Several weeks after the end of each quarter, hedge funds and other major investors such as Warren Buffett’s Berkshire Hathaway file 13Fs with the SEC, disclosing many of their long equity positions as of the end of that quarter; check out Berkshire’s most recent 13F on the SEC’s website. Our database tracks hundreds of 13F filings, with us using the included information to develop investing strategies (for example, we have found that the most popular small cap stocks among hedge funds generate an average excess return of 18 percentage points per year).
We can also look at mangers’ favorite picks in a number of areas, including stocks satisfying the traditional value criteria of low earnings multiples. Here are Berkshire’s five largest positions in stocks which currently post both trailing and forward P/Es of 12 or lower; see Buffett’s stock picks over time:
Leading the list is the holding company’s largest position in terms of market value, Wells Fargo & Co (NYSE:WFC). Buffett was buying the bank between January and March, closing the quarter with about 460 million shares in his portfolio. While many other megabanks are currently valued at their book value or lower, Wells Fargo’s P/B ratio is 1.4. While it’s tough to call the stock a good value in that sense, in earnings terms things look better with a trailing P/E of 12. In addition, Wells Fargo managed 22% earnings growth last quarter compared to the first quarter of 2012 (though revenue was essentially unchanged), and one underrated benefit of the company is that its close proximity to Buffett may give it a leg up in future Berkshire financing activities.
Buffett and his team disclosed ownership of over 50 million shares of US Bancorp (NYSE:USB). The $65 billion market cap bank joins Wells Fargo & Co (NYSE:WFC) as being fairly cheap in absolute terms, at a valuation of 12 times its trailing earnings, though recent financial performance has been fairly static here. Wall Street analysts aren’t expecting much of an improvement in US Bancorp’s earnings per share over the next several quarters either, judging from the fact that the forward P/E is only slightly lower at 11.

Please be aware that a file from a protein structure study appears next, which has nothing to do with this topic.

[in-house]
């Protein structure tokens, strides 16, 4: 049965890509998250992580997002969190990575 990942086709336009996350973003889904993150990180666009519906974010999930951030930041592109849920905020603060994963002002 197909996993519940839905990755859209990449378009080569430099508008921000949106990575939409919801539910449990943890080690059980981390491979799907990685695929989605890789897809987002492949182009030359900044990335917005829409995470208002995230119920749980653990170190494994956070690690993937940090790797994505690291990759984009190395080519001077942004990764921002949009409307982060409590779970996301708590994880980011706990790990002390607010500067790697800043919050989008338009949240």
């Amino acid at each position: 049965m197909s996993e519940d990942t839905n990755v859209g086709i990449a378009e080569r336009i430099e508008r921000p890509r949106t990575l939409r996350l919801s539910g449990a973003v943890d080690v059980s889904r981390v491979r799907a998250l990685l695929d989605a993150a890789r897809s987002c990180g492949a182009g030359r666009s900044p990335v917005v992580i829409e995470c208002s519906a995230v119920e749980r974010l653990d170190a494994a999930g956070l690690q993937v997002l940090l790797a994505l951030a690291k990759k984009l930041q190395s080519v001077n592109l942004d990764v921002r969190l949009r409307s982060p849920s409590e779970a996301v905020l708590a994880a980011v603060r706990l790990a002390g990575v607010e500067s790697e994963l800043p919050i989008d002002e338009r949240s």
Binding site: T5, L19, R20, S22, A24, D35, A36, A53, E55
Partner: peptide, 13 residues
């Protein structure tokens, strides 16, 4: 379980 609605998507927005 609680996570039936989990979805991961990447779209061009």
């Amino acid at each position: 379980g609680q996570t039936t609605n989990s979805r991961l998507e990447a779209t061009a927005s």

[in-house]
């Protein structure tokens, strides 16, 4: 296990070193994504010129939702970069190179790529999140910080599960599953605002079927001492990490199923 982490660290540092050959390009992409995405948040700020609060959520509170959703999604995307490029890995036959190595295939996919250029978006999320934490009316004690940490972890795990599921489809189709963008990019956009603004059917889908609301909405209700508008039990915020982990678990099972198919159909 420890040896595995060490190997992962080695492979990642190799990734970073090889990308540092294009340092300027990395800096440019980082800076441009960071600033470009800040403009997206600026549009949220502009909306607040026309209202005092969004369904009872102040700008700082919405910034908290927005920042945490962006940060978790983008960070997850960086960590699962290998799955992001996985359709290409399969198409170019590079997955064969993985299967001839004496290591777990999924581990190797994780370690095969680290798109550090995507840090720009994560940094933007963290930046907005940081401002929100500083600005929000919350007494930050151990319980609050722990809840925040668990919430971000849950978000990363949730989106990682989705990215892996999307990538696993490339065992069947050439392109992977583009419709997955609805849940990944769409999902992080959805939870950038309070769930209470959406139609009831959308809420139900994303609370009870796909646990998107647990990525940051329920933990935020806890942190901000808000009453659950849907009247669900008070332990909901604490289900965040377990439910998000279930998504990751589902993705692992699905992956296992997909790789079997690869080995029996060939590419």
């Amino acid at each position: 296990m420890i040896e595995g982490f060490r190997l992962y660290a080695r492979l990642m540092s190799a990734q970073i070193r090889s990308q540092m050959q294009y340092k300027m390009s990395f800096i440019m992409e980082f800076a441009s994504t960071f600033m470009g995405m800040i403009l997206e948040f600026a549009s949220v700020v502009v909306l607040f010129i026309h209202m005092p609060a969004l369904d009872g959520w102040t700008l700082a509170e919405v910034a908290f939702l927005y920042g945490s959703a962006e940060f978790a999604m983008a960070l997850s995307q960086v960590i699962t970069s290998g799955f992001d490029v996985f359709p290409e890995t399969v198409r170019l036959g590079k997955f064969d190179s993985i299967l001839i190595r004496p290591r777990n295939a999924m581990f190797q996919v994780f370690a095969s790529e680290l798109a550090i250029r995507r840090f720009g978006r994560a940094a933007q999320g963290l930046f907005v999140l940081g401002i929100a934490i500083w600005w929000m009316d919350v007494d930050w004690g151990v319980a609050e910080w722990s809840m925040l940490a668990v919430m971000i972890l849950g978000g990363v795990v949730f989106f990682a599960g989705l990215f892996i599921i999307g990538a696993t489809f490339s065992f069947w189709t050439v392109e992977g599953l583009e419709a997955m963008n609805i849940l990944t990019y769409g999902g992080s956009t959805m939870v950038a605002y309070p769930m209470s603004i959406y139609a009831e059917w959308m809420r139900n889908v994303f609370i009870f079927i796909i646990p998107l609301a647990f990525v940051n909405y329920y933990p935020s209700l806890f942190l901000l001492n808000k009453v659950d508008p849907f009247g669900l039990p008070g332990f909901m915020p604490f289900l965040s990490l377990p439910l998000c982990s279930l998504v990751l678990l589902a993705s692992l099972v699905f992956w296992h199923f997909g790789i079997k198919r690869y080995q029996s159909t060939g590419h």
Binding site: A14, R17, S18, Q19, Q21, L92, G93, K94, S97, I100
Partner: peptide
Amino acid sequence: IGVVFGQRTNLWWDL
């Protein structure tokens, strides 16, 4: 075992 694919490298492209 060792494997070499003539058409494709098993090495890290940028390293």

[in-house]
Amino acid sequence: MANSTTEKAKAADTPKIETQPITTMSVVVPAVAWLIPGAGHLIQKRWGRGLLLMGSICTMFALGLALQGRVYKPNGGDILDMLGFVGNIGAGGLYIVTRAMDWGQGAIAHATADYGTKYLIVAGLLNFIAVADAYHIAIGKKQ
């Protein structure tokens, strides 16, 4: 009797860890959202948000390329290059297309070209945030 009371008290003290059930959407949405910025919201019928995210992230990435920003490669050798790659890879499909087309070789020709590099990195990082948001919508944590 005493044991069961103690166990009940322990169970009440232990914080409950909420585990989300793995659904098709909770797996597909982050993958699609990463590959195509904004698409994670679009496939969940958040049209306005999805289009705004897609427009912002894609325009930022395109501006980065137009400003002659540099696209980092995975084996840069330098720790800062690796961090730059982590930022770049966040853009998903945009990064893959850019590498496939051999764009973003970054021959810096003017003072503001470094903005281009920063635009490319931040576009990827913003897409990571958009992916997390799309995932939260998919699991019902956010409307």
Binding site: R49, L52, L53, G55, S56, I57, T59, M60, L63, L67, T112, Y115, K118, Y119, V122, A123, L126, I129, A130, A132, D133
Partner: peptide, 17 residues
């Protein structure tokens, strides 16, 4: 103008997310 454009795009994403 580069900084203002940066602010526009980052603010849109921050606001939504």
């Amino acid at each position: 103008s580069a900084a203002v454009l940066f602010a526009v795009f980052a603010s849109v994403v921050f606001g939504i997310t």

We’re not sure that it’s such a good buy compared to other financial stocks, such as Citigroup Inc. (NYSE:C), for example, which has better growth options internationally. Still, it’s difficult to ignore Buffett’s bullishness.
The best of the rest
Over the last year or so, Berkshire has been a significant buyer of oil- and gas-refining spinoff Phillips 66 (NYSE:PSX) and owned more than 27 million shares per the 13F. Downstream energy companies are particularly cheap under current market conditions, at least in terms of their financials, and Phillips 66 is no exception as both the trailing and forward P/E multiples come in at 9. Sell-side consensus in terms of earnings growth implies a five-year PEG ratio of 0.8, even after the stock has more than doubled in price in the last year. We think Phillips 66 is an interesting target for further research, and as most post-split companies, the potential for market-outperformance exists up to 36 months after the spinoff.
The company’s former parent, ConocoPhillips (NYSE:COP), is another of Buffett’s cheap stock picks. The oil and gas company posts an earnings multiple of 11, whether we consider trailing numbers or forecasts for 2014. ConocoPhillips also looks like it could make for an interesting income stock, with recent quarterly dividend payments of 66 cents per share resulting in a yield of over 4%, though of course investors would have to deal with commodity price risks. It could be a good value prospect, though we’d note that peers such as BP or Exxon Mobil also offer low multiples, high yields, or both.
Berkshire Hathaway maintained a stake of 25 million shares in General Motors Company (NYSE:GM) during the first quarter of 2013. Automakers are popular value stocks, and Buffett seems to like GM in particular. Analysts also like the stock: the forward earnings multiple is 8 (incorporating expectations of significant increases in EPS) and the five-year PEG ratio is 0.6. We do think that auto related stocks are at least possible value plays, but in the case of General Motors we’d be somewhat concerned by the fact that revenue and net income both fell in Q1 2013 versus a year earlier.